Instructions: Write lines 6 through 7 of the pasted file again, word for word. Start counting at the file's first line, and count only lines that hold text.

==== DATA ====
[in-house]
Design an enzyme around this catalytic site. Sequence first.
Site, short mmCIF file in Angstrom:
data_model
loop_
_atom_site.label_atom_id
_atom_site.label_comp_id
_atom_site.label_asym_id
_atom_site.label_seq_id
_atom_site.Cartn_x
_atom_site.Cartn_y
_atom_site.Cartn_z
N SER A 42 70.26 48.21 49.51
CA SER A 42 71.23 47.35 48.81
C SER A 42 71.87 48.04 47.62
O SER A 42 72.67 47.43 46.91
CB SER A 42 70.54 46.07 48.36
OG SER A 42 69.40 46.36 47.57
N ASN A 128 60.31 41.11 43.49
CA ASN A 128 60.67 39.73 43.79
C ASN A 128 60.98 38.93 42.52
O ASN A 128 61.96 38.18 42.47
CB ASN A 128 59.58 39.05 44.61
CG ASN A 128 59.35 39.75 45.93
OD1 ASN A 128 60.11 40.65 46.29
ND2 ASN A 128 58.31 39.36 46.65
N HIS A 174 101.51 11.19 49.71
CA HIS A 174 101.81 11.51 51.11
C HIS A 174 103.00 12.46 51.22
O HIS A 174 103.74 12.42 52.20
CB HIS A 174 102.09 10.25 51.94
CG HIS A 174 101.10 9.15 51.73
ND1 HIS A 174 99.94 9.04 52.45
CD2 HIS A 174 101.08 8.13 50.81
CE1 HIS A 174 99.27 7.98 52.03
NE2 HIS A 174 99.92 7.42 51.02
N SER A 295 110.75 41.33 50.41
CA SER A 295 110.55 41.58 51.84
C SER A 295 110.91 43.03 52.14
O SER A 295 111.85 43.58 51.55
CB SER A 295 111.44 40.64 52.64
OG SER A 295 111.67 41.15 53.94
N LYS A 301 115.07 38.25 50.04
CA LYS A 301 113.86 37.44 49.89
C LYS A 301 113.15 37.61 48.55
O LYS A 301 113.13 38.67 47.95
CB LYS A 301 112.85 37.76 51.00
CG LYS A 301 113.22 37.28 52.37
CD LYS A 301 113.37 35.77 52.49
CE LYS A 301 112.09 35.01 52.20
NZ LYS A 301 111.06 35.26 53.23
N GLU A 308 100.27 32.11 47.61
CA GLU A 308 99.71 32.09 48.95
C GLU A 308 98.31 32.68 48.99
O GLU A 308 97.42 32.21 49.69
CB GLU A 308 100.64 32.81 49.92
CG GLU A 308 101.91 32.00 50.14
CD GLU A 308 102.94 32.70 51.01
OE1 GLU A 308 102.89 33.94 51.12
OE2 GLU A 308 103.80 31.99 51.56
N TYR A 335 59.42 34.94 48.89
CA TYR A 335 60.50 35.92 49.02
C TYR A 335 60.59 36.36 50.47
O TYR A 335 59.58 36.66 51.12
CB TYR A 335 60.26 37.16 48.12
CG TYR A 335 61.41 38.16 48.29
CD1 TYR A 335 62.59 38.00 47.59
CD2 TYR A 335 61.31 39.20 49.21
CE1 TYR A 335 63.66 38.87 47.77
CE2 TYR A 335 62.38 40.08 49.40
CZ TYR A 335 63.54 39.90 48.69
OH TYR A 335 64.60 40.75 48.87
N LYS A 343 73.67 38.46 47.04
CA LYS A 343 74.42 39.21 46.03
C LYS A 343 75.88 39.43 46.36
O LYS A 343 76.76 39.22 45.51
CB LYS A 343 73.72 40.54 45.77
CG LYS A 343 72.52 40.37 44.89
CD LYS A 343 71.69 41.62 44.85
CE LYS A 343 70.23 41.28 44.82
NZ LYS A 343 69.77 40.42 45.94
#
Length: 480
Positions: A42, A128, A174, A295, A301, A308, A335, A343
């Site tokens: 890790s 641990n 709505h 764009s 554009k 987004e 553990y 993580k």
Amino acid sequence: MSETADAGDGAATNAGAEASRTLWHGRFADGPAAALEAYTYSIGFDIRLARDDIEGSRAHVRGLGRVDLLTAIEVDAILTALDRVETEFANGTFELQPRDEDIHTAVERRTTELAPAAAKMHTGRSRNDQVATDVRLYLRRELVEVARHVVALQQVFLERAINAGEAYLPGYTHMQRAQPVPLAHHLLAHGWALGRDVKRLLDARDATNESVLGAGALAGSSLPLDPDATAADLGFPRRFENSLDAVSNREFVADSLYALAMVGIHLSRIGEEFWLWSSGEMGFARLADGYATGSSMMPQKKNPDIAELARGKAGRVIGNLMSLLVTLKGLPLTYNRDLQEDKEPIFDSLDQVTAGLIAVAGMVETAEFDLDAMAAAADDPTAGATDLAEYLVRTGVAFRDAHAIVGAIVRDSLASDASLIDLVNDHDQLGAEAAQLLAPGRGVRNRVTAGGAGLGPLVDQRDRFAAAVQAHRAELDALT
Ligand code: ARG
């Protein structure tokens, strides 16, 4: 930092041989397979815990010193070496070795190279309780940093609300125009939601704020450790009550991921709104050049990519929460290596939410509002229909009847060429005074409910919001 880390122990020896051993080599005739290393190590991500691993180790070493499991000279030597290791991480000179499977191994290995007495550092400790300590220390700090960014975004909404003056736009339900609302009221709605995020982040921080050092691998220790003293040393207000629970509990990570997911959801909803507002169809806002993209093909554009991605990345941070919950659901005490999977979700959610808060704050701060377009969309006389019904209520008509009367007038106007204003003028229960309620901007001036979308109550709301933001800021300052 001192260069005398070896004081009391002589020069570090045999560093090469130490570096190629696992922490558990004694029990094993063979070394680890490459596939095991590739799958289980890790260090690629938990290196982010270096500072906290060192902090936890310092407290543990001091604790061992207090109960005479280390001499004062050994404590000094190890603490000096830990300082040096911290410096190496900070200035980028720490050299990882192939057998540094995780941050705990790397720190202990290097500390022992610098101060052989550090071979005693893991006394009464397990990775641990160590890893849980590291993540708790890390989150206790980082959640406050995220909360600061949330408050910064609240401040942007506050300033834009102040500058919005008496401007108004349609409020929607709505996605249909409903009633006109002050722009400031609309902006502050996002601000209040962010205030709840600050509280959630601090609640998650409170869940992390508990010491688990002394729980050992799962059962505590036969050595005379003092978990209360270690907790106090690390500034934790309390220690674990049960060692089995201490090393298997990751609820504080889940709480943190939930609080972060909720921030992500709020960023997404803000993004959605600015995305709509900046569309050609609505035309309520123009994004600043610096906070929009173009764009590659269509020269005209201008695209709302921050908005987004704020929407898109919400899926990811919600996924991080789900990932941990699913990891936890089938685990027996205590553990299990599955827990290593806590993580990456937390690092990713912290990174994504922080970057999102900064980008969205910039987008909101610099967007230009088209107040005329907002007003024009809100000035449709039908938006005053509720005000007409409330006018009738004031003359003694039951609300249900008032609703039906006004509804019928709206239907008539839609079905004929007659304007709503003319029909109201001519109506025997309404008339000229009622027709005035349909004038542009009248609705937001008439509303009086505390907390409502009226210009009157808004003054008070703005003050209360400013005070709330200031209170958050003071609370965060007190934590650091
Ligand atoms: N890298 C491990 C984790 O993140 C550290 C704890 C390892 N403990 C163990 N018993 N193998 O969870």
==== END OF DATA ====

_atom_site.label_atom_id
_atom_site.label_comp_id